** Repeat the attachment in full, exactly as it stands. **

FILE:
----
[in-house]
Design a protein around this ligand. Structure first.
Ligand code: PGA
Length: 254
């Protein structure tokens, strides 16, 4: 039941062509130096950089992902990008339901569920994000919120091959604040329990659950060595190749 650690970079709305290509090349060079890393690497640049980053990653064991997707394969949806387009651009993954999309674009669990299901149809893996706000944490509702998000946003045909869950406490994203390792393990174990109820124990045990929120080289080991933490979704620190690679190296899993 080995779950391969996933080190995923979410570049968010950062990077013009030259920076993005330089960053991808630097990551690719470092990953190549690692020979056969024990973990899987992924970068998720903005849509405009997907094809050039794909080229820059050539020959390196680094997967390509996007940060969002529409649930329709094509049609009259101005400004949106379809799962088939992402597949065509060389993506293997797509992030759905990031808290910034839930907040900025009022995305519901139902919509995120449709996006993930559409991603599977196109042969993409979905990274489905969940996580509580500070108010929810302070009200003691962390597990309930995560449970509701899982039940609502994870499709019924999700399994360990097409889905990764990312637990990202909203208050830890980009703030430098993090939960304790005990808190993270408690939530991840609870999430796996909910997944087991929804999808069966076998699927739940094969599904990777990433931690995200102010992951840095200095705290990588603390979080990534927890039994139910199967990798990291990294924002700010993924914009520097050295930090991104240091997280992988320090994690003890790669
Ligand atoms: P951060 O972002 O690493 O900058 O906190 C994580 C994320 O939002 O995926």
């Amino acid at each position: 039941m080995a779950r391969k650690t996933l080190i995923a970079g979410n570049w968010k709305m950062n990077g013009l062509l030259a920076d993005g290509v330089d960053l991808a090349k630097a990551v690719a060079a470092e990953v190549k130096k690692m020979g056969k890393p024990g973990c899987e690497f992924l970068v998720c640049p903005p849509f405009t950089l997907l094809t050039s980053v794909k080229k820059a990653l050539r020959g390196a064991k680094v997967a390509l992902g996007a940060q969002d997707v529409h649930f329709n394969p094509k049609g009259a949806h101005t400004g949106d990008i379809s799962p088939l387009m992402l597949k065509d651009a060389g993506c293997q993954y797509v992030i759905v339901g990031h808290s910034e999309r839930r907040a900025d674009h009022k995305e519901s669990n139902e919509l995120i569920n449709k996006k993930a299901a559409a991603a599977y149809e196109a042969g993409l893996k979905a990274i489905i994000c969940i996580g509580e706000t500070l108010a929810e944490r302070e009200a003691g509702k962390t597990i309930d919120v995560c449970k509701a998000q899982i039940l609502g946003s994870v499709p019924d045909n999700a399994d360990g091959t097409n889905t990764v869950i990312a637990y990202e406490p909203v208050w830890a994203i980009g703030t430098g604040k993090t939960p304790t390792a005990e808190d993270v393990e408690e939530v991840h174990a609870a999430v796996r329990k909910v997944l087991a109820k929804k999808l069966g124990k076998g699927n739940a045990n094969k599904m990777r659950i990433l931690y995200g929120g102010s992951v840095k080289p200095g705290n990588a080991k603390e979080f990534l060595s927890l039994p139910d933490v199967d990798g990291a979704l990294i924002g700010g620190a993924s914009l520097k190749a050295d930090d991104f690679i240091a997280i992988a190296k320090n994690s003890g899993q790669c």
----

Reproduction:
[in-house]
Design a protein around this ligand. Structure first.
Ligand code: PGA
Length: 254
């Protein structure tokens, strides 16, 4: 039941062509130096950089992902990008339901569920994000919120091959604040329990659950060595190749 650690970079709305290509090349060079890393690497640049980053990653064991997707394969949806387009651009993954999309674009669990299901149809893996706000944490509702998000946003045909869950406490994203390792393990174990109820124990045990929120080289080991933490979704620190690679190296899993 080995779950391969996933080190995923979410570049968010950062990077013009030259920076993005330089960053991808630097990551690719470092990953190549690692020979056969024990973990899987992924970068998720903005849509405009997907094809050039794909080229820059050539020959390196680094997967390509996007940060969002529409649930329709094509049609009259101005400004949106379809799962088939992402597949065509060389993506293997797509992030759905990031808290910034839930907040900025009022995305519901139902919509995120449709996006993930559409991603599977196109042969993409979905990274489905969940996580509580500070108010929810302070009200003691962390597990309930995560449970509701899982039940609502994870499709019924999700399994360990097409889905990764990312637990990202909203208050830890980009703030430098993090939960304790005990808190993270408690939530991840609870999430796996909910997944087991929804999808069966076998699927739940094969599904990777990433931690995200102010992951840095200095705290990588603390979080990534927890039994139910199967990798990291990294924002700010993924914009520097050295930090991104240091997280992988320090994690003890790669
Ligand atoms: P951060 O972002 O690493 O900058 O906190 C994580 C994320 O939002 O995926």
């Amino acid at each position: 039941m080995a779950r391969k650690t996933l080190i995923a970079g979410n570049w968010k709305m950062n990077g013009l062509l030259a920076d993005g290509v330089d960053l991808a090349k630097a990551v690719a060079a470092e990953v190549k130096k690692m020979g056969k890393p024990g973990c899987e690497f992924l970068v998720c640049p903005p849509f405009t950089l997907l094809t050039s980053v794909k080229k820059a990653l050539r020959g390196a064991k680094v997967a390509l992902g996007a940060q969002d997707v529409h649930f329709n394969p094509k049609g009259a949806h101005t400004g949106d990008i379809s799962p088939l387009m992402l597949k065509d651009a060389g993506c293997q993954y797509v992030i759905v339901g990031h808290s910034e999309r839930r907040a900025d674009h009022k995305e519901s669990n139902e919509l995120i569920n449709k996006k993930a299901a559409a991603a599977y149809e196109a042969g993409l893996k979905a990274i489905i994000c969940i996580g509580e706000t500070l108010a929810e944490r302070e009200a003691g509702k962390t597990i309930d919120v995560c449970k509701a998000q899982i039940l609502g946003s994870v499709p019924d045909n999700a399994d360990g091959t097409n889905t990764v869950i990312a637990y990202e406490p909203v208050w830890a994203i980009g703030t430098g604040k993090t939960p304790t390792a005990e808190d993270v393990e408690e939530v991840h174990a609870a999430v796996r329990k909910v997944l087991a109820k929804k999808l069966g124990k076998g699927n739940a045990n094969k599904m990777r659950i990433l931690y995200g929120g102010s992951v840095k080289p200095g705290n990588a080991k603390e979080f990534l060595s927890l039994p139910d933490v199967d990798g990291a979704l990294i924002g700010g620190a993924s914009l520097k190749a050295d930090d991104f690679i240091a997280i992988a190296k320090n994690s003890g899993q790669c």